Painting Color and Light for illustrators and artists: contest part 2

Start with a good drawing.

There’s still time, to do the Coloring contest, see post

It seldom works to start with a bad design and then just fix it with color. Good light and color will look better with a well designed drawing.

It would be nice to give you all the answers but I think I’ll give you all the questions, that way you can come up with the answers.

Things to consider for your artwork

Light and Shadow What is value and how is it used?

What are gradients and how do they work in a drawing?

Can drawings work in mostly light values, dark values, both?

Lighting shapes, What direction should my light be coming from?

How does light fall on a sphere, cube, cylinder, & human form?

What is the relationship between the darkest dark and lightest light?

Why is reflected light important to show form?

What are cast shadows and what happens to their edges?

What direction do shadows go?

What are occlusion shadows?

Painting Color, What colors should I buy or use?

Are white and black colors?

Should you ever use black?

What happens when you mix various colors?

What are cold & warm colors?

What is a vibrating color?

What are color opposites?

What’s the difference between primary, secondary, and tertiary colors?

What are tints, shades, and gradients?

What is a triad?

How can you neutralize two colors?

What’s is a complimentary color scheme and an analogous color scheme?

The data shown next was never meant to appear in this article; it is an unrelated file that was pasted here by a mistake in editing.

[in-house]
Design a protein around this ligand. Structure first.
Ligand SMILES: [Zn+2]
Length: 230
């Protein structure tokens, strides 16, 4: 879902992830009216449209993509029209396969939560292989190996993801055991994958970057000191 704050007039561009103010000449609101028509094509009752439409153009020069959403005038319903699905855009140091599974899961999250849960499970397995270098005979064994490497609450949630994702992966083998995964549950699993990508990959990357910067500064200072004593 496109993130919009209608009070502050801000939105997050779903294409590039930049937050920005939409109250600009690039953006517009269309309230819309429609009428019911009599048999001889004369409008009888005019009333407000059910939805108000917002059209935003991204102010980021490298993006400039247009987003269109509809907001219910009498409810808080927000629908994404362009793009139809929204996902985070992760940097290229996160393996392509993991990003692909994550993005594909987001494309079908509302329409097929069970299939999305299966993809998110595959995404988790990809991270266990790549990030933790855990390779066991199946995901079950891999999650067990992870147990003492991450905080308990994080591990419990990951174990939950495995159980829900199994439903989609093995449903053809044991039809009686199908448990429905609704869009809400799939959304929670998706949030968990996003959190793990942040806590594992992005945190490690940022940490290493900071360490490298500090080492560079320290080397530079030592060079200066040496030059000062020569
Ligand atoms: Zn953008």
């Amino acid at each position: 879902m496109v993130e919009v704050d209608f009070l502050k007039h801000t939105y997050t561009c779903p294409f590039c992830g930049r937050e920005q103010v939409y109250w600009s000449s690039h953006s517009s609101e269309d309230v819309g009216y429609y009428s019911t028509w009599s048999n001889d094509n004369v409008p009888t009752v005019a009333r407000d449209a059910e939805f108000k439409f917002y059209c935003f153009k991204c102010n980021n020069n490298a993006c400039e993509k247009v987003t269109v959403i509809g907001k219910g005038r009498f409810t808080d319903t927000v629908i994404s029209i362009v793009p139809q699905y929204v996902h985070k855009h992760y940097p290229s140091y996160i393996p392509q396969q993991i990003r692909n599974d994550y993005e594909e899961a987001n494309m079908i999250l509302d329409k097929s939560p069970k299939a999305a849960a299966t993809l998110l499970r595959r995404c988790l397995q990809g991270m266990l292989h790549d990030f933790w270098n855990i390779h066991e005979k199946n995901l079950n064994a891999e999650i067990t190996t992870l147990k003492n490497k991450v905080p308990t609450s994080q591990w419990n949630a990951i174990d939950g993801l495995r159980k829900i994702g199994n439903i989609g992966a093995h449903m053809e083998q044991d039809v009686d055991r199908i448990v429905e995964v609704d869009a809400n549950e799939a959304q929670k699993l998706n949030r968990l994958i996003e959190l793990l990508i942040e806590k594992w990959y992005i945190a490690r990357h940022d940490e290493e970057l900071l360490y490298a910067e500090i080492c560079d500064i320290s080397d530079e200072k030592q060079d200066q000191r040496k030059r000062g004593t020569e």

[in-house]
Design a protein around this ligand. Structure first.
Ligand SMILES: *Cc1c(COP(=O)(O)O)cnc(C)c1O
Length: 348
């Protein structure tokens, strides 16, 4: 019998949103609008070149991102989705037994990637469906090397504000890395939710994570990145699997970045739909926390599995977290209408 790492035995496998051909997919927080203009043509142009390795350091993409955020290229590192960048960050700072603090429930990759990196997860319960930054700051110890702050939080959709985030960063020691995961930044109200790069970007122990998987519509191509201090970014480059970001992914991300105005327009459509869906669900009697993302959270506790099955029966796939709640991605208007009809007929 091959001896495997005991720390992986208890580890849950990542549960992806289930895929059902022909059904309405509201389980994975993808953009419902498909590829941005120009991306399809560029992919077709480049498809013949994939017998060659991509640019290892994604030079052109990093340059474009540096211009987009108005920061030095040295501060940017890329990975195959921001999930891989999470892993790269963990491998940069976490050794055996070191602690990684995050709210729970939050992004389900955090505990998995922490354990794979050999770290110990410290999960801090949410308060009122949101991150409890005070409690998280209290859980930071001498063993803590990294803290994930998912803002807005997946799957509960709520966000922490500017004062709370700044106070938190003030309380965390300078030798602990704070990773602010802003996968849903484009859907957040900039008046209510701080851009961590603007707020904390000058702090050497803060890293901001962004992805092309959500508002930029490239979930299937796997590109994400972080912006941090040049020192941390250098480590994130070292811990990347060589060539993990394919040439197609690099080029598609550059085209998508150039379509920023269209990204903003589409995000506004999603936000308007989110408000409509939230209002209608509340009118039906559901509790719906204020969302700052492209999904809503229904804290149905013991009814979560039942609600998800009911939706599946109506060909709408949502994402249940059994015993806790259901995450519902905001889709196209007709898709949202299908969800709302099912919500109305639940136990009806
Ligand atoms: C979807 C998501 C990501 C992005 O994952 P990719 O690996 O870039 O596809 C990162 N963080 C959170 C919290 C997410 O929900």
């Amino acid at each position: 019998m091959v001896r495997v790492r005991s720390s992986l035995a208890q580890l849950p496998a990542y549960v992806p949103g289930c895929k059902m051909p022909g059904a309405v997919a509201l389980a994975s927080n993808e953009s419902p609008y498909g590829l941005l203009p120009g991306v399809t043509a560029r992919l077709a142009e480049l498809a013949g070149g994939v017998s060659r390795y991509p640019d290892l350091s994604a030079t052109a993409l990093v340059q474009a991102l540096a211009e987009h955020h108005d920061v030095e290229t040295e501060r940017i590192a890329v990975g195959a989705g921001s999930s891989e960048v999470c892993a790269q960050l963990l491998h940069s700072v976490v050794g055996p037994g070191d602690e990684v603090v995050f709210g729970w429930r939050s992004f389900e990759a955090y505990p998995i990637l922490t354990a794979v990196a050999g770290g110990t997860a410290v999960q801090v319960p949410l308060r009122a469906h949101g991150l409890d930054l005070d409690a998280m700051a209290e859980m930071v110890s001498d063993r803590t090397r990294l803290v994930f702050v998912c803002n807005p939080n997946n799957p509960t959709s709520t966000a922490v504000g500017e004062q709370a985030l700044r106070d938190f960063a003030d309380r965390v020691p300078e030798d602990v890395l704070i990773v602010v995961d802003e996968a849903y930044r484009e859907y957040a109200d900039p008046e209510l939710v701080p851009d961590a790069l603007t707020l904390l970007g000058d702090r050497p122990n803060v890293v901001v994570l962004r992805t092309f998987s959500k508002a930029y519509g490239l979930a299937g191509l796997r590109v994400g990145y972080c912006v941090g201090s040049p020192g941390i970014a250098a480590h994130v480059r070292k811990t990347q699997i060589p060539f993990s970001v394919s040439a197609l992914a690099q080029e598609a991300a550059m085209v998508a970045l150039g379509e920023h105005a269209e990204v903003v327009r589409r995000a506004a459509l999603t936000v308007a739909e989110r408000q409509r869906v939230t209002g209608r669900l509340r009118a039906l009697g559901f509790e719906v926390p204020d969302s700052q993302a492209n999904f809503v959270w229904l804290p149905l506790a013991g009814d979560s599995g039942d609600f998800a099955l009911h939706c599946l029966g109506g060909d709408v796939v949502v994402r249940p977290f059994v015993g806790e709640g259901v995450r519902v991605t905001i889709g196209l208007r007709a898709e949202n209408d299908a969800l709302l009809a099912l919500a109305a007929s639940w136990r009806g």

How can I get rich color in my painting?

Where can I learn to draw and paint better?

How can I enter the little coloring art contest for artists and illustrators everywhere?

You can’t just fix a bad design with good color

If it don’t work in Black and White, it ain’t gonna work in color. 

A good painting will also look good in Black and White. That is to say, if you can’t work out your value patterns in black and white, you won’t be able to just fix it with color. Have you ever heard of a grisaille, (that was a tough one to sound out, let alone spell) It’s a black and white under painting. I think the word gray, or grey, as I like to spell it, comes from the same root.

What is a Grisaille and how do you pronounce that?

Grisaille (/ɡrɨˈz/ or /ɡrɨˈzl/French: gris [ɡʁizaj] ‘grey’) (Giz-eye is how I pronounce it) is a term for painting executed entirely in monochrome or near-monochrome, usually in shades of grey. ~Wikipedia 

Work out your lights and darks before you add color

So, where was I? Ho yeah, it is often wise, especially for beginners, to work out you lights and darks before you move to color. I like to give it the squint test. Squint at your work and see if it reads well. Do the wrong things disappear? Do the right things stand out?
The under painting can be in a sepia or other tone too, for a nice effect, it doesn’t have to be BLACK and White.

Light and Shadow

Where is your light source? Is it in the picture? If so, you shouldn’t have anything in the painting that is brighter than the light source.

Are the shadows, cast, core etc, in the right places? I am thinking that the cast shadow in this piece is not dark enough.

Do you have reflected light in the right places?

Just add Color, or Colour as my UK friends like to spell it.

If you are painting digitally, like in Photoshop or on the iPad, you will enjoy the ability to undo. If you are using water colors then you can just glaze transperant colors over you black and white under-painting. AKA Grisaille.

If you are using oil paints, you may want to try a water color, acrylic, or gwash, (i better look that up) Gouache. The oil paint goes right over the aqueous paints without disturbing them and it works really well. You should see how Robert Barrett uses gouache, for under-paintings to create a beautiful effect. He calls it a “Rub-out” technique.



Working with Color